“I hear I can now save more for my children”

We often get clients approaching us wanting to put money away for their children’s benefit in the future. With the depositJunior ISA needed to buy a first house ever increasing and the cost of university at £9,000 a year a fund in early adulthood will be of great benefit to children and will save parents having to find large sums of capital at that time. So what can you do?

1st November saw the launch of Junior ISAs. Junior ISAs have replaced Child Trust Funds and while they will not benefit from government funding they have some distinct advantages:

  • The annual investment limit is £3,600 (this will increase each year from 2013).
  • Growth and income received within the Junior ISA account will be free from capital gains and income tax.
  • There is expected to be a wider range of providers offering a wider range of investment options.
  • You can pay with a lump sum each year or through smaller regular contributions to suit your disposable income position.
  • Access will not be available until the child reaches 18.

The sooner you start saving the greater the chance you have of building up a larger fund. This is simply because there will be more contributions going in over time and you will benefit from compound interest. For example, investing the maximum £3,600 each year and receiving an average return of 5% pa after charges will produce a fund at 18 of over £100,000.

You will be able to build a portfolio of funds in which to invest to suit the risk you wish to take. If you wish to accrue as big a fund as possible you are more likely to be exposed to more volatile shares. If you don’t want to see a large variation in the value of the fund each year you may wish to invest more heavily in less risky assets such as fixed interest securities.

It is also possible for others to make contributions to the Junior ISA as long as the total each year does not exceed £3,600. This can be an effective way for grandparents to reduce the value of their estate for inheritance tax purposes over time; gifts of £3,000 per person per year can be made free of future inheritance tax.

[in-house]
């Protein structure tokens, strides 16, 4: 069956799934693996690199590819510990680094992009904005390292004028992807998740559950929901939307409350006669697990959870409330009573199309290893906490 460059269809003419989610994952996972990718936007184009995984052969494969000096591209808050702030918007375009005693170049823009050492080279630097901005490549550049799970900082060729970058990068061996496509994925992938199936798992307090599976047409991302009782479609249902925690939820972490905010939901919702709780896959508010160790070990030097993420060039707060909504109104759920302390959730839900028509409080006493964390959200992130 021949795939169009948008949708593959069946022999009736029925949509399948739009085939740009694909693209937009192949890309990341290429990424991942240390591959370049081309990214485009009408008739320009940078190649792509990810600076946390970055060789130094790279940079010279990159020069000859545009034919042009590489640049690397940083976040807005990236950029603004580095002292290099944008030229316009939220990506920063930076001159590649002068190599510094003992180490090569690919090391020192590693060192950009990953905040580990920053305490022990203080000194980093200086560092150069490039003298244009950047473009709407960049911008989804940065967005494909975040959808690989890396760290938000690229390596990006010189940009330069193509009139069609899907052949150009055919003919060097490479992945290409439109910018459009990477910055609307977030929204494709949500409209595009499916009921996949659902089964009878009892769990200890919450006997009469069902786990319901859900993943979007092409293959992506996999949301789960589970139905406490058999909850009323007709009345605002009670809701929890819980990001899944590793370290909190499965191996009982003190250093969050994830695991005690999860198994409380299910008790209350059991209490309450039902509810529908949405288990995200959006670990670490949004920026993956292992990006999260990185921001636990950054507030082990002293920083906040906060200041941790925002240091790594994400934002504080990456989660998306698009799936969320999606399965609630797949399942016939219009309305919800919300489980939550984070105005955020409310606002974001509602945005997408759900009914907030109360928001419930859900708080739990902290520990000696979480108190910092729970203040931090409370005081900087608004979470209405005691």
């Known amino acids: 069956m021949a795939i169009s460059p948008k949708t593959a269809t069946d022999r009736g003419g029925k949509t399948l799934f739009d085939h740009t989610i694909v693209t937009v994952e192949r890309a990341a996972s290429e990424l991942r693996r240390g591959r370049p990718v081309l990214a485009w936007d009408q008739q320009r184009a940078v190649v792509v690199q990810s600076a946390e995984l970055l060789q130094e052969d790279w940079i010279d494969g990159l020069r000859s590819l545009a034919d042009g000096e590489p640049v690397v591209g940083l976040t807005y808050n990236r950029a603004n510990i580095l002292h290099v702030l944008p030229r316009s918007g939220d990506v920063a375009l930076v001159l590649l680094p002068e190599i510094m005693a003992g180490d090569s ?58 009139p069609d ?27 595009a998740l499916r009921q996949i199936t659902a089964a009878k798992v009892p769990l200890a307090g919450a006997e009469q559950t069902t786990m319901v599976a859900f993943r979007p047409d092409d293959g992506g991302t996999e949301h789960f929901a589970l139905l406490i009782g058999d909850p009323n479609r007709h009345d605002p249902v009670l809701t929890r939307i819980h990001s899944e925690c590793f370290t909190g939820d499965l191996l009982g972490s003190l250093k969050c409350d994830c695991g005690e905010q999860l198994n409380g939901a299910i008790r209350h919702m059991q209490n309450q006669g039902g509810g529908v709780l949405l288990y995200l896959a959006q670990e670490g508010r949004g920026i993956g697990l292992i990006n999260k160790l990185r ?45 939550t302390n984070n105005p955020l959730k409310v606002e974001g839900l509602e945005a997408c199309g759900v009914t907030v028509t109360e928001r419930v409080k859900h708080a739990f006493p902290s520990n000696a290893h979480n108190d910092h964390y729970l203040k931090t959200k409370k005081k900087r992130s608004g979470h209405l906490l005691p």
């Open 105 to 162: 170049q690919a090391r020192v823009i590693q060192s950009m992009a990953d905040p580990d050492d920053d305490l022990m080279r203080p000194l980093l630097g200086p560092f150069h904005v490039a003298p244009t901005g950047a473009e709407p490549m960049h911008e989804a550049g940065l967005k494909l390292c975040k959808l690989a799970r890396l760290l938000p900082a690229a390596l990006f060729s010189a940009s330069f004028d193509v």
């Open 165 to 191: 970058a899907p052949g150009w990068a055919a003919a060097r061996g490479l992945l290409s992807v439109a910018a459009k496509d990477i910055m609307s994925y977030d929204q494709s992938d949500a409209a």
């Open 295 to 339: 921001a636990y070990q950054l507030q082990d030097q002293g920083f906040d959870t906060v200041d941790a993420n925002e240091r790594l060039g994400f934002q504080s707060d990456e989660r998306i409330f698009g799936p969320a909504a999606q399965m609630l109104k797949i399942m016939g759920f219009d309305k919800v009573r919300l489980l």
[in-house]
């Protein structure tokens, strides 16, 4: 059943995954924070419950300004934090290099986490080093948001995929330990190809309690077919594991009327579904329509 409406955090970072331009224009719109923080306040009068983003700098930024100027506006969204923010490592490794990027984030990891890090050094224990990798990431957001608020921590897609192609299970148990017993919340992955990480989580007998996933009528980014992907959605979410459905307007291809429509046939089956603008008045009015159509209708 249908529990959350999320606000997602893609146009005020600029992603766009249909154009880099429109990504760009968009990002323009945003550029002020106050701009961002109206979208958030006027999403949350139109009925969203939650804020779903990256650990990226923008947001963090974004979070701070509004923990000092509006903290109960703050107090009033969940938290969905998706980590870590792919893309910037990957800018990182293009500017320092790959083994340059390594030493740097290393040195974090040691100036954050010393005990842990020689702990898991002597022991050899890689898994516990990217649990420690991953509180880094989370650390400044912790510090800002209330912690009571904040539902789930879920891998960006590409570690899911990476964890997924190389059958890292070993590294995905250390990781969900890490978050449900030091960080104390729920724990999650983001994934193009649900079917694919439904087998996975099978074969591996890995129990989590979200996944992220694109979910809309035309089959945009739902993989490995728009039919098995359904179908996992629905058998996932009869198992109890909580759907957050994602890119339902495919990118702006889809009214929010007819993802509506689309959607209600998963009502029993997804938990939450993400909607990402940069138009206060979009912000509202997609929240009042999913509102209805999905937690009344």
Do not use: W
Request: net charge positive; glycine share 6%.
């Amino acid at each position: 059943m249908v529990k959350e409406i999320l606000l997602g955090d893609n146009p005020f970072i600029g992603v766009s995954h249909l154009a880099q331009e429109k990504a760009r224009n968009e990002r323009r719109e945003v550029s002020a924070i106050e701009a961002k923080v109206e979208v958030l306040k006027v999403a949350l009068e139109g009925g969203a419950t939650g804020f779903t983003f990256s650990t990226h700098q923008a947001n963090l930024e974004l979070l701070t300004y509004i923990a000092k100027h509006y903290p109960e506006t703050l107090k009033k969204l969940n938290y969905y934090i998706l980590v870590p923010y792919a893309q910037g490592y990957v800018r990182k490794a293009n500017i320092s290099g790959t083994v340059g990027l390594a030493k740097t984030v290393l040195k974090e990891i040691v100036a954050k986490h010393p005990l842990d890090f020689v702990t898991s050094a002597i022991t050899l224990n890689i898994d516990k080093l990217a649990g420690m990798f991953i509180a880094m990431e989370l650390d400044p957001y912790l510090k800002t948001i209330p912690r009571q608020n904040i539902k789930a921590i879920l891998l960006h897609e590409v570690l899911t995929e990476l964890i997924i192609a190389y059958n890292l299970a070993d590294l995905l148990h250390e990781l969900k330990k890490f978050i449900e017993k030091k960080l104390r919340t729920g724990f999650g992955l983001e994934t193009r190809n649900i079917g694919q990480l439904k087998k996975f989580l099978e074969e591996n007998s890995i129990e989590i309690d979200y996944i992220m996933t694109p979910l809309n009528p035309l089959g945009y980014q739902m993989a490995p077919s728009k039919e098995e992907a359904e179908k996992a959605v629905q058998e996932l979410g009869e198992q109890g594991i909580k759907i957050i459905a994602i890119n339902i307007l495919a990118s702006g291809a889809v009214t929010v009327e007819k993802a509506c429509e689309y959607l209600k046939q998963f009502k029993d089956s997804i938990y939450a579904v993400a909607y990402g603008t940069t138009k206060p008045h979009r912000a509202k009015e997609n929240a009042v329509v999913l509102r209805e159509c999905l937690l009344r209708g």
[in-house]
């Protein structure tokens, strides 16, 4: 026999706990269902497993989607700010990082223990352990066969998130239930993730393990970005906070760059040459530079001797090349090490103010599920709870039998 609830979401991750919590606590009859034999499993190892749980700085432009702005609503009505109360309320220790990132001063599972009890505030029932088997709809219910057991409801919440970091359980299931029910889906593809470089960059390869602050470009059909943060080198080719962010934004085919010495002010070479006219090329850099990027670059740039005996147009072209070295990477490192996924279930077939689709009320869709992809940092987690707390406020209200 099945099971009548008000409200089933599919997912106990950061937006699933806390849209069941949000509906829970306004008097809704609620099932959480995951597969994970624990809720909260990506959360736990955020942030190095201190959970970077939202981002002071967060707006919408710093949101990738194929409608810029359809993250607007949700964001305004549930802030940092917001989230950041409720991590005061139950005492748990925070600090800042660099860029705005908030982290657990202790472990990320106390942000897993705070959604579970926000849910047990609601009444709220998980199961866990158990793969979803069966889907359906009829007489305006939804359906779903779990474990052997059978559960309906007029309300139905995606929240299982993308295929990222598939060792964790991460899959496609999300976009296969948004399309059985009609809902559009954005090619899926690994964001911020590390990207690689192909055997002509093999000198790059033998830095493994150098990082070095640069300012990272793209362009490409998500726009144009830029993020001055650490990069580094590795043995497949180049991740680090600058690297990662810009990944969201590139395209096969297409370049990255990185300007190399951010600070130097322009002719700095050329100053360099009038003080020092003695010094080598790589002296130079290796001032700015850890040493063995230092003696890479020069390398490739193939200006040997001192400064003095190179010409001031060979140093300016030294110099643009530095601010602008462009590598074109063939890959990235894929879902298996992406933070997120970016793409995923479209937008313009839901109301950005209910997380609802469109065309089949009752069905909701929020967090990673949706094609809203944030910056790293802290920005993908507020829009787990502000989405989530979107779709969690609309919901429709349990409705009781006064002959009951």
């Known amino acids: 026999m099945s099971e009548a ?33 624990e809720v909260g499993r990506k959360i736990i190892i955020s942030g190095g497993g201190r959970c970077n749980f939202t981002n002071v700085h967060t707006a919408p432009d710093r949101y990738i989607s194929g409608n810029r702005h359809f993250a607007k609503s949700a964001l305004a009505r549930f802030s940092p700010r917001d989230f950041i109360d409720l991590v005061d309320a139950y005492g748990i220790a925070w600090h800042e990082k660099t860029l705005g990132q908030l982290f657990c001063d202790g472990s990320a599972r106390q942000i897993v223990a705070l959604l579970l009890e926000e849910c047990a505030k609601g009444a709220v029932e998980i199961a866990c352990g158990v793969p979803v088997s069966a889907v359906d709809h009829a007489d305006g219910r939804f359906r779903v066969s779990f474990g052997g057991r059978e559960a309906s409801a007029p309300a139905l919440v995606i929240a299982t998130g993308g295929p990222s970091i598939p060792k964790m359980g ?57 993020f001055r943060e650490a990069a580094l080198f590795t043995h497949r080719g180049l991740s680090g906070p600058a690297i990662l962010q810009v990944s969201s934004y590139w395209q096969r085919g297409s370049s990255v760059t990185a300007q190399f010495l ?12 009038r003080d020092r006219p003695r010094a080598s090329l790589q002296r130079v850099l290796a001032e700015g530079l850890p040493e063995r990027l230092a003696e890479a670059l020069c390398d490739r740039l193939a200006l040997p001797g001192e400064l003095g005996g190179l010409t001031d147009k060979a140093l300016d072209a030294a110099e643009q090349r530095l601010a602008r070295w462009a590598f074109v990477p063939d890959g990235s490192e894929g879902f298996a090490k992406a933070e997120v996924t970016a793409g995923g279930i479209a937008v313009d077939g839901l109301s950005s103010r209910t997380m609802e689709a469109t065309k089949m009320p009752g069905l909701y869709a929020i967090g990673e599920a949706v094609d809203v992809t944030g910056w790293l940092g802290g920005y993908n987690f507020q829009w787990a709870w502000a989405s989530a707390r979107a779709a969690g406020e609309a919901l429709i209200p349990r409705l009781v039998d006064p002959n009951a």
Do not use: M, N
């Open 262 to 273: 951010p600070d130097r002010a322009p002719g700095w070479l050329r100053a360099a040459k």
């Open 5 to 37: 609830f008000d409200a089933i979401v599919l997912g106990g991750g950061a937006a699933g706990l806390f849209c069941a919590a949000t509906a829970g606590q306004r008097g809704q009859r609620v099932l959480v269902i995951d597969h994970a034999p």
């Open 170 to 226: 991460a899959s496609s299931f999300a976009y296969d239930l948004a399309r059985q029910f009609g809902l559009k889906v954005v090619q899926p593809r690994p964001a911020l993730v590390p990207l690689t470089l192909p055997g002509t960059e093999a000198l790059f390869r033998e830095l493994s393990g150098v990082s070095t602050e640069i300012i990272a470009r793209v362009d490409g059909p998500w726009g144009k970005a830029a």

One of the potential disadvantages of the Junior ISA is that at age 18 your child will become the owner of the capital to do with it whatever they wish. While your intention may to be fund university or a house purchase you may find that a motorbike has been purchased or the capital used to fund a post A-level trip to Ibiza.

There are other options to Junior ISAs:

  • If you have a Child Trust Fund you may wish to continue to invest in that, particularly if you are not going to exceed the maximum each year.
  • You could save via National Savings & Investment products. Premium Bonds and Children’s Bonus Bonds are tax free but the returns you receive are unlikely to keep up with annual inflation.
  • You could save or invest the capital in your name to keep control of the money but you would pay tax at your marginal rate.
  • Assets could be put into trust so that trustees have the control over distribution of capital. The downside to this is the administration and potential tax to pay on trusts.

So, if you are looking to ensure your children can afford university or have capital for a property purchase or a gap year starting early and investing in a Junior ISA may well be a sensible strategy for you.

If you would like to receive advice on Junior ISAs click here.

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  1. We all want to look out for our families’ best interests. The junior ISA fund will allow us to do just that. In these times of rising costs, it’s great to see such initiatives for families who don’t have such great financial resources.
    Katie Leaver, LondonlovesJobs

    • Thanks for another insightful comment Katie. If we can put anything at all away it all helps in the long term. Those with debts to pay off or have no emergency fund may prefer to concentrate on sorting this out first.

  2. No matter how many times I read it, it still baffles me that people don’t seem to understand you can not save for tuition fees. Even if you could afford to pay them upfront you have to get a loan for it. You CANNOT pay them upfront so parents saving for this are wasting their money. Parents have always been able to save as much as they want (if they can afford it) for their children – the difference is that the Junior ISA isn’t taxable.

    • Thanks for your comments. I would say people can save for tuition fees. The amount they have available to them, the timeframe they have and the risk they choose to take with the investment will determine what pot will be produced when it is needed and whether they will need a loan on top.

      • What I meant was, that the rules regarding tuition fees means that even those with the money cannot pay upfront, so have to take out a student loan. They are the rules, so even if you had £100K you couldn’t pay the tuition fees with it. Of course, if you have this money in the bank paying off the loan is less of a worry, but you still have to take it out before your studies and cannot pay it back until you’re finished.